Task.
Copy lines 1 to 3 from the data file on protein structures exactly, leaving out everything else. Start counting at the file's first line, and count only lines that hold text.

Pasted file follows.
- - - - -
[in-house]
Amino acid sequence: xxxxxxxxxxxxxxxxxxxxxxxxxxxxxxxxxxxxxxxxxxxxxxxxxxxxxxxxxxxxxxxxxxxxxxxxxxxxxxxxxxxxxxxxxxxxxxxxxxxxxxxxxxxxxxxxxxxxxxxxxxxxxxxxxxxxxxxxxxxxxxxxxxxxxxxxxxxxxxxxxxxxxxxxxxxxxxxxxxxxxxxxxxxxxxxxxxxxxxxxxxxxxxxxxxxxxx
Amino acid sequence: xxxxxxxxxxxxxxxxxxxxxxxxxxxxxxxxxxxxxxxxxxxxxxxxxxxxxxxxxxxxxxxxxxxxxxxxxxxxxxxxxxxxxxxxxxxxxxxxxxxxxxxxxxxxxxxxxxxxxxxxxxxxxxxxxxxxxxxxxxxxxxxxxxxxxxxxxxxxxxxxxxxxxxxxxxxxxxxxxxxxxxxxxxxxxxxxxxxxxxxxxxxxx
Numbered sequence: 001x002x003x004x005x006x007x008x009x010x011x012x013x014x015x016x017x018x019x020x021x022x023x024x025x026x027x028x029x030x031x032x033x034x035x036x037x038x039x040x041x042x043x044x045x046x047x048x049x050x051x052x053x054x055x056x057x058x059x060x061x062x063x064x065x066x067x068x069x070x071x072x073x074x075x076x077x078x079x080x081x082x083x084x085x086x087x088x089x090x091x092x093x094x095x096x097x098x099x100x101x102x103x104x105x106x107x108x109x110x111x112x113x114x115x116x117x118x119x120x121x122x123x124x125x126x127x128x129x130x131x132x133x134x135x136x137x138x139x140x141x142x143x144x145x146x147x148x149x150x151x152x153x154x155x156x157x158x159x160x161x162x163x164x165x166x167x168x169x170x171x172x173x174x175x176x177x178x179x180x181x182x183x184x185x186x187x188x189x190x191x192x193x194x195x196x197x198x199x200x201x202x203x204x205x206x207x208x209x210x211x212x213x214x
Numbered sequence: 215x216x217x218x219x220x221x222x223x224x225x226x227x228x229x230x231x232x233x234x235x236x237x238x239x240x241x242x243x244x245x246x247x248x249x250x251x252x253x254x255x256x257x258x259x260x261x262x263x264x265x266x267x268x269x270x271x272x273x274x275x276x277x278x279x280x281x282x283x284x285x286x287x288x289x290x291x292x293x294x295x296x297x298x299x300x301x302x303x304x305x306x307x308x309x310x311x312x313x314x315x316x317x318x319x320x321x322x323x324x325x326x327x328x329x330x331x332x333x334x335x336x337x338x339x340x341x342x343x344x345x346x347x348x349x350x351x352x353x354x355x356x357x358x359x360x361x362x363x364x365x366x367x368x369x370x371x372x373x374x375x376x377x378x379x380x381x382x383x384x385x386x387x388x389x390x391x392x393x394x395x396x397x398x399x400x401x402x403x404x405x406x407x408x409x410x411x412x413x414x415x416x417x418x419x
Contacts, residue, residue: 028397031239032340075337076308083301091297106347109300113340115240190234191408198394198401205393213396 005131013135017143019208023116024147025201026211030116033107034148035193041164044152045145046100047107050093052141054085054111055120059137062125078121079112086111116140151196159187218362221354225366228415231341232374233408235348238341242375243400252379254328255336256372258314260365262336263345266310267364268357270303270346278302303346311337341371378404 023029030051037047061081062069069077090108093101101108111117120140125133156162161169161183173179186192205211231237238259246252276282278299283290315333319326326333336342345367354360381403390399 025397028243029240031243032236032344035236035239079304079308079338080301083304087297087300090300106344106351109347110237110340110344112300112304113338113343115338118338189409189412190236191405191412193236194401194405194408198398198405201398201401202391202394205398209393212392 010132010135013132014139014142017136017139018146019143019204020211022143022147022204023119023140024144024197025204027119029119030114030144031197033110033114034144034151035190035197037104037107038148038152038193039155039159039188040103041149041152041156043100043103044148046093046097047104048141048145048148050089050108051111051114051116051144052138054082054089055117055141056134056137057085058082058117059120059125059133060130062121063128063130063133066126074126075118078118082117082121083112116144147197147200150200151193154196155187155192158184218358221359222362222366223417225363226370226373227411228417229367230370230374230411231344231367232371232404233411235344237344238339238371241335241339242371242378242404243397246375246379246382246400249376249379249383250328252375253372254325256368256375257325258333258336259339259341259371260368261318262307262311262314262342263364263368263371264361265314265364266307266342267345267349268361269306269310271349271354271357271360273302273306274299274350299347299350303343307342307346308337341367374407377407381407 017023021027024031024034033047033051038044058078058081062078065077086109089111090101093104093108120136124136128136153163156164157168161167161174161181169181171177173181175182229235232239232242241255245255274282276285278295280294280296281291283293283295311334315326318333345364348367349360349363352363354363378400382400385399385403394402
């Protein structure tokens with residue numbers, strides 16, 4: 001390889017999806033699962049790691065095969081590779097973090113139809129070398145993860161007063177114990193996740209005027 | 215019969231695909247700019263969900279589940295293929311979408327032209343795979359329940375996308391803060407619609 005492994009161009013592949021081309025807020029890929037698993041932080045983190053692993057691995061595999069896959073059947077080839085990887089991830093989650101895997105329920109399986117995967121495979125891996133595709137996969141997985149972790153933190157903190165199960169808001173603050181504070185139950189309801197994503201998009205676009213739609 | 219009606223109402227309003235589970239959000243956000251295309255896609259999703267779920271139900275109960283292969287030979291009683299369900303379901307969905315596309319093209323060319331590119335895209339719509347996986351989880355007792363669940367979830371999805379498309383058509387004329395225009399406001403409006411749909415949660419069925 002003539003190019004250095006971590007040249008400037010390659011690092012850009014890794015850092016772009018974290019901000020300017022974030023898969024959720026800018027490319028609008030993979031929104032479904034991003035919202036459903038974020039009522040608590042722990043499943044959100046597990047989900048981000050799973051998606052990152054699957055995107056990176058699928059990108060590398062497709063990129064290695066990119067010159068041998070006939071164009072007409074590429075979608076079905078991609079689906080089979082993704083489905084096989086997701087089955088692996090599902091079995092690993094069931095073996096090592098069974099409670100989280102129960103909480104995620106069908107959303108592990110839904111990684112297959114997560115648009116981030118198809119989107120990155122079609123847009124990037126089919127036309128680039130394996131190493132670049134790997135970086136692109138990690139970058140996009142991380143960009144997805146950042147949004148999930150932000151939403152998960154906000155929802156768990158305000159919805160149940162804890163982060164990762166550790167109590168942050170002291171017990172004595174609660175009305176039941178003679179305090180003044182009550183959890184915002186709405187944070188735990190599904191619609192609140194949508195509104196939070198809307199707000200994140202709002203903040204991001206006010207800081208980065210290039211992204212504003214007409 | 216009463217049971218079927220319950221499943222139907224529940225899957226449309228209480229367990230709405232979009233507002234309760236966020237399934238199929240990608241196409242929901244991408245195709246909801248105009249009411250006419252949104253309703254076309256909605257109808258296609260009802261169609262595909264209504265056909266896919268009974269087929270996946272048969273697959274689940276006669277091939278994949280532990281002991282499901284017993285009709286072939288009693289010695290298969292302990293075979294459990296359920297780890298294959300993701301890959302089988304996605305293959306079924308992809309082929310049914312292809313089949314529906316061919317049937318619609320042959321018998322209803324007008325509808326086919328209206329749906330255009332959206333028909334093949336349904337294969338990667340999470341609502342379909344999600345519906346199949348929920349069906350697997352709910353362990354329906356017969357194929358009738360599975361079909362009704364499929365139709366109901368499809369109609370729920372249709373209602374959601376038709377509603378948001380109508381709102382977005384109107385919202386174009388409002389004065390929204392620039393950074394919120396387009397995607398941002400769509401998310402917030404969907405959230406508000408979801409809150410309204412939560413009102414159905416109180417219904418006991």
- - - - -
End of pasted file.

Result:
[in-house]
Amino acid sequence: xxxxxxxxxxxxxxxxxxxxxxxxxxxxxxxxxxxxxxxxxxxxxxxxxxxxxxxxxxxxxxxxxxxxxxxxxxxxxxxxxxxxxxxxxxxxxxxxxxxxxxxxxxxxxxxxxxxxxxxxxxxxxxxxxxxxxxxxxxxxxxxxxxxxxxxxxxxxxxxxxxxxxxxxxxxxxxxxxxxxxxxxxxxxxxxxxxxxxxxxxxxxxxxxxxxxxx
Amino acid sequence: xxxxxxxxxxxxxxxxxxxxxxxxxxxxxxxxxxxxxxxxxxxxxxxxxxxxxxxxxxxxxxxxxxxxxxxxxxxxxxxxxxxxxxxxxxxxxxxxxxxxxxxxxxxxxxxxxxxxxxxxxxxxxxxxxxxxxxxxxxxxxxxxxxxxxxxxxxxxxxxxxxxxxxxxxxxxxxxxxxxxxxxxxxxxxxxxxxxxxxxxxxxxx